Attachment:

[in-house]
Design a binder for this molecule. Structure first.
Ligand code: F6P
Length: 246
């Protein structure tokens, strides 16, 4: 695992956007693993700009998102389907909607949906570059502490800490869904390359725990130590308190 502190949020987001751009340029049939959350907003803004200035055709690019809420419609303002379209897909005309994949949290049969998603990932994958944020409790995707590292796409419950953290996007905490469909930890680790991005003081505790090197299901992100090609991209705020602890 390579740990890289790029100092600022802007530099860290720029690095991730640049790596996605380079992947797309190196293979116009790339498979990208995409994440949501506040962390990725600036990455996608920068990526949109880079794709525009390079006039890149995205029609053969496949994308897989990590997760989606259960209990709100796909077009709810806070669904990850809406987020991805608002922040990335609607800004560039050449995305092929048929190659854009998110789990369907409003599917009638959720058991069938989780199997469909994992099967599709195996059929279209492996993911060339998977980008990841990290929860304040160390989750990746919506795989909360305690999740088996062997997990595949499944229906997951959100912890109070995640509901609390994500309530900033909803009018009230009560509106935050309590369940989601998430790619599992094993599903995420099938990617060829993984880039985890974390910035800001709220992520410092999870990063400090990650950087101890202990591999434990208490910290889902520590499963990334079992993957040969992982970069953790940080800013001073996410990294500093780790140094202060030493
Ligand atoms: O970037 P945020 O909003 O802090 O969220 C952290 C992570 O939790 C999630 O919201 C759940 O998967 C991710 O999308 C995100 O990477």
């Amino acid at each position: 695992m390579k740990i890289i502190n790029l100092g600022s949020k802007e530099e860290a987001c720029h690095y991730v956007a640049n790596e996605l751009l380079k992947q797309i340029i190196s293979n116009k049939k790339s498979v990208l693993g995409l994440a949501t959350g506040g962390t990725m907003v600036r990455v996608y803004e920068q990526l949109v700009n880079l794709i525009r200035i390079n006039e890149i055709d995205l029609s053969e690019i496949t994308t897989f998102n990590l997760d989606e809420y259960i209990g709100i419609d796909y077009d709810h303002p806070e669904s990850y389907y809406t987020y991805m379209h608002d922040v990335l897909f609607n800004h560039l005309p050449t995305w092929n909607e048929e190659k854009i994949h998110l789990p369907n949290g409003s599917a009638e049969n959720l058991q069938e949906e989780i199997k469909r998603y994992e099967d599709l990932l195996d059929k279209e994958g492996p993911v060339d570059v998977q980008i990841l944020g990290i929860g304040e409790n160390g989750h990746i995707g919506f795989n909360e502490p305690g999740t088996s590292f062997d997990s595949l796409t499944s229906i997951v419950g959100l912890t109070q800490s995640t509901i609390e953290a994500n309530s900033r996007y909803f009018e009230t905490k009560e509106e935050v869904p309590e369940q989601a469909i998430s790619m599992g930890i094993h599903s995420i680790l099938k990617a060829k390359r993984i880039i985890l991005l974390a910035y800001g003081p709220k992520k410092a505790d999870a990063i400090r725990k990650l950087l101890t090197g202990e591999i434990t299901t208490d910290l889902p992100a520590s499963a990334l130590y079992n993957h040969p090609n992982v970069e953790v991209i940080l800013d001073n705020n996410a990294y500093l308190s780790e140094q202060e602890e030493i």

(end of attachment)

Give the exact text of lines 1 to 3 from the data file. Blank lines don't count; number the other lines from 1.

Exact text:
[in-house]
Design a binder for this molecule. Structure first.
Ligand code: F6P